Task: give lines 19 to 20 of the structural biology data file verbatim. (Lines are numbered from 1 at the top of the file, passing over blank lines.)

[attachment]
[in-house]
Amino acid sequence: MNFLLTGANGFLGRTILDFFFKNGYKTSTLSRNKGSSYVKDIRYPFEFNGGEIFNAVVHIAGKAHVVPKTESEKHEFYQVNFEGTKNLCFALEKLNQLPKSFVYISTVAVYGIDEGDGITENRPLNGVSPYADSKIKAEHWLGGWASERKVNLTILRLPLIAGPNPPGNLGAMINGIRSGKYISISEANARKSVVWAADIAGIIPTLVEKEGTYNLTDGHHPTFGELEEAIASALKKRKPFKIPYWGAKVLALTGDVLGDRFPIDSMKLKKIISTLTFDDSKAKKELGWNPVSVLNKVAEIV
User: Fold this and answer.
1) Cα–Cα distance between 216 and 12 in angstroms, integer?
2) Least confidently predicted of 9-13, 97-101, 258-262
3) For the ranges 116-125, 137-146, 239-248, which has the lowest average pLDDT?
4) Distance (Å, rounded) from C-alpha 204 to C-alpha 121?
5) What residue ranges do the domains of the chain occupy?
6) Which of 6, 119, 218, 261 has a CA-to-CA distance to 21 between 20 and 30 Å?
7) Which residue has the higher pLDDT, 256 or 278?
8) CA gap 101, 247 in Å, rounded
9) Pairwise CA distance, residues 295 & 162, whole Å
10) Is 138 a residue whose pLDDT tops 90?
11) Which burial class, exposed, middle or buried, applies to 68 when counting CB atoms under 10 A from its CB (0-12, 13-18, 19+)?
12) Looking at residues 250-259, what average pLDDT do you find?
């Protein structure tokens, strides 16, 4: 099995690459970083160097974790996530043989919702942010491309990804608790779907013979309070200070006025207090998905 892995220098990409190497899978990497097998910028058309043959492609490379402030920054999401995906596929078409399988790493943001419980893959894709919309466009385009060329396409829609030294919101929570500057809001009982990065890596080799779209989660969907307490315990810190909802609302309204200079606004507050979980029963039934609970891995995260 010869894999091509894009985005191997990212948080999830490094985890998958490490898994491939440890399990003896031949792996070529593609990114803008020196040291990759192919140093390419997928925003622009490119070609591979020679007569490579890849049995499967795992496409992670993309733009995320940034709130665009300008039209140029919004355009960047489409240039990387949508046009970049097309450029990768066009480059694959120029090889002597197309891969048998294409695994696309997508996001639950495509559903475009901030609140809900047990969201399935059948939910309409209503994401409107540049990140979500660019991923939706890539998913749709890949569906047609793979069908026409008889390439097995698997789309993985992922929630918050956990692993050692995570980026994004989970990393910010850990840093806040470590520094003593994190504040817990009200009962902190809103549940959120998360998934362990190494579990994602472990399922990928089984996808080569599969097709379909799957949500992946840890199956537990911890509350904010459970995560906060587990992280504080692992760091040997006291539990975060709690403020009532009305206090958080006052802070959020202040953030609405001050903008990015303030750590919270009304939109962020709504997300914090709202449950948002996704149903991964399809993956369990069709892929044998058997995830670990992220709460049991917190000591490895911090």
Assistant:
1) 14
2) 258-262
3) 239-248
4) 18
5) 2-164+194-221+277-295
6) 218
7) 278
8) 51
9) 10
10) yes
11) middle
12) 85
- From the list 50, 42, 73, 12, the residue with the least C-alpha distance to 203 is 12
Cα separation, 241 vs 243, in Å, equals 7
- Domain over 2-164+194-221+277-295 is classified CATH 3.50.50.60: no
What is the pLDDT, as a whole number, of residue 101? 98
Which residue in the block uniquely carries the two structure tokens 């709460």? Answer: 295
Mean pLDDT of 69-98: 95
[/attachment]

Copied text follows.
2) 258-262
3) 239-248